The ICC has had a reputation of not being very effective so far, for example because of the non-ratification of the statute by many states and a lack of access to conflict zones. However, in the case of Ukraine, this problem does not exist. The punishment of Russian crimes will be an important test of the credibility of not only the ICC but also the UN – political pressure and the suspension of Russia as a member of the UN Human Rights Council are important, but far from sufficient.

In addition, the European Union, the United States, and the United Kingdom have announced the creation of a group to bring the perpetrators to justice. Forensic experts and prosecutors are also cooperating with Ukraine, including those from the Netherlands, France, and Poland. There are many opinions, however, that war crimes committed in Ukraine should be judged by a separate tribunal established for this purpose.

Conclusions. Given the scale, scope, and intentions, there is no symmetry between the military actions of the West and the extreme brutality of Russian troops, the degree of Russia’s disregard for international law, and the fundamental principles governing international relations. Symbolic proof of this was the firing of missiles at Kyiv during the visit of the UN secretary general. However, Russia’s actions are not surprising – they are systemic in nature, carried out with a sense of impunity and premeditated, in order to intimidate, humiliate, and dehumanize Ukraine, as well as increase the waves of refugees. Methods known both from the period of World War II and later wars with the participation of the USSR and Russia are used (including “zachistki” – the elimination of entire specific groups). In a broader sense, the behaviour of Russian soldiers reflects the pathology and demoralization of society and the state, and above all of the army itself (in which at least several hundred suicides per year are committed due to mental and physical abuse).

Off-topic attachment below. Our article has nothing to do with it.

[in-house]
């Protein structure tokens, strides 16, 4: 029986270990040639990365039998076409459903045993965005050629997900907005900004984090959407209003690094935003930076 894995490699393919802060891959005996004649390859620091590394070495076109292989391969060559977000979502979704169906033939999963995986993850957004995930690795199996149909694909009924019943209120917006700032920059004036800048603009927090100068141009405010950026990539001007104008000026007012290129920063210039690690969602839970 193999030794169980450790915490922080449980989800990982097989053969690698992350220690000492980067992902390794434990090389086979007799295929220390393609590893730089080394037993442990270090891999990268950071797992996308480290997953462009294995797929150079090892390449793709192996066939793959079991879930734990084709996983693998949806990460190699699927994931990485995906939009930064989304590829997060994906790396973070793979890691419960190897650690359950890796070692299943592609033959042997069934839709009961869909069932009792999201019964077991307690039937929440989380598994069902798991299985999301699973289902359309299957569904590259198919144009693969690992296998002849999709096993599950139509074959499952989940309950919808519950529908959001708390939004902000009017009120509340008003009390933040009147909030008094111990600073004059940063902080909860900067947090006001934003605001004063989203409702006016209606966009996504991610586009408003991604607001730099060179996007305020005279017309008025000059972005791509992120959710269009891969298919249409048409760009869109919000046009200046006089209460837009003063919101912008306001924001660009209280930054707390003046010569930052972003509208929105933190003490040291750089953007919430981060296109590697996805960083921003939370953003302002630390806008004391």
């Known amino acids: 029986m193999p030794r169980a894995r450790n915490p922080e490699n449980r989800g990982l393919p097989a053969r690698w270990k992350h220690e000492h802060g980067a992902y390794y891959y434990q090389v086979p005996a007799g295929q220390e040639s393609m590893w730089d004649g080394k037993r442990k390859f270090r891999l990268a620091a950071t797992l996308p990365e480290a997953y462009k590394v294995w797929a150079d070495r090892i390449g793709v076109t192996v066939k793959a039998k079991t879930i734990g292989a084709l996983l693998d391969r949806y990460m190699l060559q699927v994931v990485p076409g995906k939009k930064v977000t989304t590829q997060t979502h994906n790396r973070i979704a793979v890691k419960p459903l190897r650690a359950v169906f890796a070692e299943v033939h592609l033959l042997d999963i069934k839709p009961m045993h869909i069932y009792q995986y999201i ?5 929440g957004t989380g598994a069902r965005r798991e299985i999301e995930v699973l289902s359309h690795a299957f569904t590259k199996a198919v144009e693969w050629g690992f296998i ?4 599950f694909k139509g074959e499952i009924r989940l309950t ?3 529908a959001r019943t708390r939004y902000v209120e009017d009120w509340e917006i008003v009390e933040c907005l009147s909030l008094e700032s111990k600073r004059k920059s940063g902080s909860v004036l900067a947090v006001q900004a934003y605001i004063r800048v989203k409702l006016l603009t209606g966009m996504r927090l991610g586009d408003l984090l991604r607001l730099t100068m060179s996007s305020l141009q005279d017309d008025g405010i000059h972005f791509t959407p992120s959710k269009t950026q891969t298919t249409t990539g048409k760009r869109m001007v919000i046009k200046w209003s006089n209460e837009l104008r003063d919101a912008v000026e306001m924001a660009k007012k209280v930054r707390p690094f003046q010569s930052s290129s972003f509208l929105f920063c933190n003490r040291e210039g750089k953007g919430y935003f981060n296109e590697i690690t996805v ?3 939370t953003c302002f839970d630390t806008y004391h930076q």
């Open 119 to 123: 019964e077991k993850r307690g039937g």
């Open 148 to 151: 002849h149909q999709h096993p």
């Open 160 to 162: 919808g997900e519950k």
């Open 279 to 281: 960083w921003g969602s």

The Russian crimes made it difficult to reach, perhaps in accordance with the intention of their perpetrators, the prospect of a compromise to end the war and the development of an international negotiation format. At the same time, contrary to the perpetrators’ intentions, the crimes have attracted the world’s attention and resulted in an increase in international aid for Ukraine and further sanctions against Russia.

At the level of the international system, however, the crimes prove the erosion of the collective security system within the UN. There has been a “border shifting”: it is about (potentially) punishing crimes already committed, not about the ability of the system to prevent conflicts. This strengthened accusations that had been appearing over the years against the United Nations concerning its archaic nature (especially with regard to the structure of the Security Council), reflecting the realities of 1945 not the 21st century. Whether Russia will suffer the consequences for the crimes committed in Ukraine will largely determine not only the future of the United Nations, but also the shape of the international system of law and the security architecture.